Dankof noted that the pre-sentence report recommended community control. “Frankly, in reviewing the report, I’m completely comfortable with the recommendations contained in the report,” the judge said.
An internal investigation obtained by the I-Team in early 2015 showed that the money — all cash — was collected by Smith, but didn’t make it into the county’s coffers. That led to at least eight people receiving water shutoff notices weeks after paying their bill.
Smith worked for the county from 1987 until she was put on paid administrative leave in January 2015 and then resigned a month later. She made $41,898 in salary in 2014, according to county records.
Prosecutors alleged that in her job as a customer service specialist, Smith took money from customers who paid their water and solid waste tipping fees between Aug. 20, 2013 and Dec. 24, 2014.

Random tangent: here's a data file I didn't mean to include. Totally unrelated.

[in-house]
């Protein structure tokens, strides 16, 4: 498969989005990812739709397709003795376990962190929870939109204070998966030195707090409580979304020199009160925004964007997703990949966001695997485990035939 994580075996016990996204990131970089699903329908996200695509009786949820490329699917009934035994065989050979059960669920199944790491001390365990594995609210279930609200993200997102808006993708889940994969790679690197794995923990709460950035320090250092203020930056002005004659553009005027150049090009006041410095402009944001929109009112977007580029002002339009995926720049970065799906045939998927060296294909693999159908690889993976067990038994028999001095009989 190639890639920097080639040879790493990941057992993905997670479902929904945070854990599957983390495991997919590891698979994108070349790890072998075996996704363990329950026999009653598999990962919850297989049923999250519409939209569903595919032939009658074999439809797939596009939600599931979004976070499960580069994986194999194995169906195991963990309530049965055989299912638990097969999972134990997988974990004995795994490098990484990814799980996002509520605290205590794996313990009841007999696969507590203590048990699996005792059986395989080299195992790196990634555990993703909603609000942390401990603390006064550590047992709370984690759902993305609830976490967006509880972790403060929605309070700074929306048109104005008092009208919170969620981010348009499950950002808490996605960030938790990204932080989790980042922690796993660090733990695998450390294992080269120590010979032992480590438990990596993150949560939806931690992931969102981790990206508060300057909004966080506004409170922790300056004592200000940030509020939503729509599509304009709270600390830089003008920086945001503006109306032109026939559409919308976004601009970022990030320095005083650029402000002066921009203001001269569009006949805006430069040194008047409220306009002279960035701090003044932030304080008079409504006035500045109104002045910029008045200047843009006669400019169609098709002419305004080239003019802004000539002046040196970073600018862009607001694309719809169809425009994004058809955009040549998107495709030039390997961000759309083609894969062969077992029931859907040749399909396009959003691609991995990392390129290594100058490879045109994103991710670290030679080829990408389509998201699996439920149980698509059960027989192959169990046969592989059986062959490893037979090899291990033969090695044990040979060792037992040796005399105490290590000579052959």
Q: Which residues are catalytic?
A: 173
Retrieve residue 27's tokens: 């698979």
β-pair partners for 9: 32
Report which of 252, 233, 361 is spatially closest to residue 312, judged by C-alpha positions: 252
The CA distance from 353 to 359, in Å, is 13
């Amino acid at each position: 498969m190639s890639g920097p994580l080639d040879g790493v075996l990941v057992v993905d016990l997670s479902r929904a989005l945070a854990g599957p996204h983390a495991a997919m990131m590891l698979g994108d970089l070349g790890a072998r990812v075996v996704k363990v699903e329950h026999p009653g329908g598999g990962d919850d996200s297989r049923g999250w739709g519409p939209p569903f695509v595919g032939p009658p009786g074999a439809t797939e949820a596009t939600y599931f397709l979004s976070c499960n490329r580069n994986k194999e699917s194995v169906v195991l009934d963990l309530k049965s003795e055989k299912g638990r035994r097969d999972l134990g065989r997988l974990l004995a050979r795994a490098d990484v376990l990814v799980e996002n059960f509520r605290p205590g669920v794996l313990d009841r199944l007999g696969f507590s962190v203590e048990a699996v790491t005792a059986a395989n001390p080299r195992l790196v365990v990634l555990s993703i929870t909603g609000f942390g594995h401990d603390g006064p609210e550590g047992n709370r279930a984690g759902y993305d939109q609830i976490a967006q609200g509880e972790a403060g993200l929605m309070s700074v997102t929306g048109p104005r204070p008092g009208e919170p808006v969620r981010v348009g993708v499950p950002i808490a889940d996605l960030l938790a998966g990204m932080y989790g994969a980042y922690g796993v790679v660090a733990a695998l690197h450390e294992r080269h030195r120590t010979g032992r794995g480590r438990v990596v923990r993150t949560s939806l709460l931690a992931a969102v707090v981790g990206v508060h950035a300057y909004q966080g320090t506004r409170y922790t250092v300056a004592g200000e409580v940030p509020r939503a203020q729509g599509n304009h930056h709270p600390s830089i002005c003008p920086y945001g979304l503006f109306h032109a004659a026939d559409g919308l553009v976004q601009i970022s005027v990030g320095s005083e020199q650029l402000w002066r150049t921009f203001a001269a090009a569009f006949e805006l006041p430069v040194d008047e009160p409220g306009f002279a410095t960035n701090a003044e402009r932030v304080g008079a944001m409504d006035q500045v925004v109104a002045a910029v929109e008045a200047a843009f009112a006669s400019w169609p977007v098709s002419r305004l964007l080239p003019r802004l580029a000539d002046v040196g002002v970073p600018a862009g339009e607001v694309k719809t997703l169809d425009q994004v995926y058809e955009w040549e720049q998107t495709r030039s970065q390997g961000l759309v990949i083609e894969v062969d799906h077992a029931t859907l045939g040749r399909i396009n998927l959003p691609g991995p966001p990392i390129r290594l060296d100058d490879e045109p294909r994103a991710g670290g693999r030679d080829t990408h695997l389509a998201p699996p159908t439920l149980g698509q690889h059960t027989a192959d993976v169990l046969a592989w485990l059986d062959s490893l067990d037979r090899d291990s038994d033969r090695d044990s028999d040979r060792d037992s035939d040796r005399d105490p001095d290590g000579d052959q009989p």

There were no victim impact statements during court Wednesday, but county administrator Joe Tuss was irked last year.
“The actions of this employee created significant inconvenience for these folks,” he said then, and promised to review procedures to stop it from happening again. “It is something I’m upset about, and it makes me angry.”
Marshall Lillard was one of the customers whose water would have been turned off had he not returned from vacation when he did and found a delinquent notice in the mail. Lillard said last year that he remembered paying the bill in person and seeing Smith there by herself.
“She took the money. She gave me a receipt. I knew I paid the bill,” said Lillard, who wished county officials would have told him what happened sooner. “Wouldn’t you want to know what’s going on when you pay your money out for a water bill and get a disconnect notice?”
Cicero said most of the restitution will be made next week and wrapped up a short time after that. He added that Smith took her vacation pay — nearly $3,000 — after she resigned and put it toward restitution: “She’s been apologetic and up front since Day 1.”